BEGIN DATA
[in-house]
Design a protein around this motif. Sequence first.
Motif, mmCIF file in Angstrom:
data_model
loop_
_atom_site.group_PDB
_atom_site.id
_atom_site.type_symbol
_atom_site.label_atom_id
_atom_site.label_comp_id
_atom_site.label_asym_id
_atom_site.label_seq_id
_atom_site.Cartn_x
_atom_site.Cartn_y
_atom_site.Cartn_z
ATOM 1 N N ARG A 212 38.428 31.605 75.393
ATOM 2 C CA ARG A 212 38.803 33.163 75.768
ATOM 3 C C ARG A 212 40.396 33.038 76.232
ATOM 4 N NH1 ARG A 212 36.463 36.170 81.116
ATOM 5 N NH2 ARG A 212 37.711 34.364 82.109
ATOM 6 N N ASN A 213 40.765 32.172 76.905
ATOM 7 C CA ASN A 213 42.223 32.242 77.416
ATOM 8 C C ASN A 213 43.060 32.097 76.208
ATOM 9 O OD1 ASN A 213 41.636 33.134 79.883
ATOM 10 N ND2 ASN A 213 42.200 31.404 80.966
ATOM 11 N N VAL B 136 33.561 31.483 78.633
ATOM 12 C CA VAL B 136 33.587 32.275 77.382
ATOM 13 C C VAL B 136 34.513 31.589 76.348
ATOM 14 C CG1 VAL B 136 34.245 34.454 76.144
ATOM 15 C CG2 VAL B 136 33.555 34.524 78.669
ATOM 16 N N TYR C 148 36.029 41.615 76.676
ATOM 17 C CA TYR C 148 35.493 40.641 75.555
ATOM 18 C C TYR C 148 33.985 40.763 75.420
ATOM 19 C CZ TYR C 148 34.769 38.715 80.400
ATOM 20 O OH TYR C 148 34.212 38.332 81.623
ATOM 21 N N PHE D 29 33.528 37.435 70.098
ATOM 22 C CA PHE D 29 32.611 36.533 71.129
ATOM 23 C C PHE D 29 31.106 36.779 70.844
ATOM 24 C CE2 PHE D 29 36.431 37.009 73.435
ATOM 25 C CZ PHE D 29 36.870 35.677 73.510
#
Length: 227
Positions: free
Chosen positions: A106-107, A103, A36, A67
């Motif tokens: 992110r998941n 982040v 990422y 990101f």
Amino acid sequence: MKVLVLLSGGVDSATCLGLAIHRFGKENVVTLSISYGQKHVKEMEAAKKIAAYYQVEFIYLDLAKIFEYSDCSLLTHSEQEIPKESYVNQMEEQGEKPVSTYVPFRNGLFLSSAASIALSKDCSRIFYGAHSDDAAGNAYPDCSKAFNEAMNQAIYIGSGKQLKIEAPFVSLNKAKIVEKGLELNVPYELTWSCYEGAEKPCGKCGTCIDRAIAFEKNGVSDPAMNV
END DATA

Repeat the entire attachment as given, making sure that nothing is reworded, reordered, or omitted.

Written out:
[in-house]
Design a protein around this motif. Sequence first.
Motif, mmCIF file in Angstrom:
data_model
loop_
_atom_site.group_PDB
_atom_site.id
_atom_site.type_symbol
_atom_site.label_atom_id
_atom_site.label_comp_id
_atom_site.label_asym_id
_atom_site.label_seq_id
_atom_site.Cartn_x
_atom_site.Cartn_y
_atom_site.Cartn_z
ATOM 1 N N ARG A 212 38.428 31.605 75.393
ATOM 2 C CA ARG A 212 38.803 33.163 75.768
ATOM 3 C C ARG A 212 40.396 33.038 76.232
ATOM 4 N NH1 ARG A 212 36.463 36.170 81.116
ATOM 5 N NH2 ARG A 212 37.711 34.364 82.109
ATOM 6 N N ASN A 213 40.765 32.172 76.905
ATOM 7 C CA ASN A 213 42.223 32.242 77.416
ATOM 8 C C ASN A 213 43.060 32.097 76.208
ATOM 9 O OD1 ASN A 213 41.636 33.134 79.883
ATOM 10 N ND2 ASN A 213 42.200 31.404 80.966
ATOM 11 N N VAL B 136 33.561 31.483 78.633
ATOM 12 C CA VAL B 136 33.587 32.275 77.382
ATOM 13 C C VAL B 136 34.513 31.589 76.348
ATOM 14 C CG1 VAL B 136 34.245 34.454 76.144
ATOM 15 C CG2 VAL B 136 33.555 34.524 78.669
ATOM 16 N N TYR C 148 36.029 41.615 76.676
ATOM 17 C CA TYR C 148 35.493 40.641 75.555
ATOM 18 C C TYR C 148 33.985 40.763 75.420
ATOM 19 C CZ TYR C 148 34.769 38.715 80.400
ATOM 20 O OH TYR C 148 34.212 38.332 81.623
ATOM 21 N N PHE D 29 33.528 37.435 70.098
ATOM 22 C CA PHE D 29 32.611 36.533 71.129
ATOM 23 C C PHE D 29 31.106 36.779 70.844
ATOM 24 C CE2 PHE D 29 36.431 37.009 73.435
ATOM 25 C CZ PHE D 29 36.870 35.677 73.510
#
Length: 227
Positions: free
Chosen positions: A106-107, A103, A36, A67
């Motif tokens: 992110r998941n 982040v 990422y 990101f």
Amino acid sequence: MKVLVLLSGGVDSATCLGLAIHRFGKENVVTLSISYGQKHVKEMEAAKKIAAYYQVEFIYLDLAKIFEYSDCSLLTHSEQEIPKESYVNQMEEQGEKPVSTYVPFRNGLFLSSAASIALSKDCSRIFYGAHSDDAAGNAYPDCSKAFNEAMNQAIYIGSGKQLKIEAPFVSLNKAKIVEKGLELNVPYELTWSCYEGAEKPCGKCGTCIDRAIAFEKNGVSDPAMNV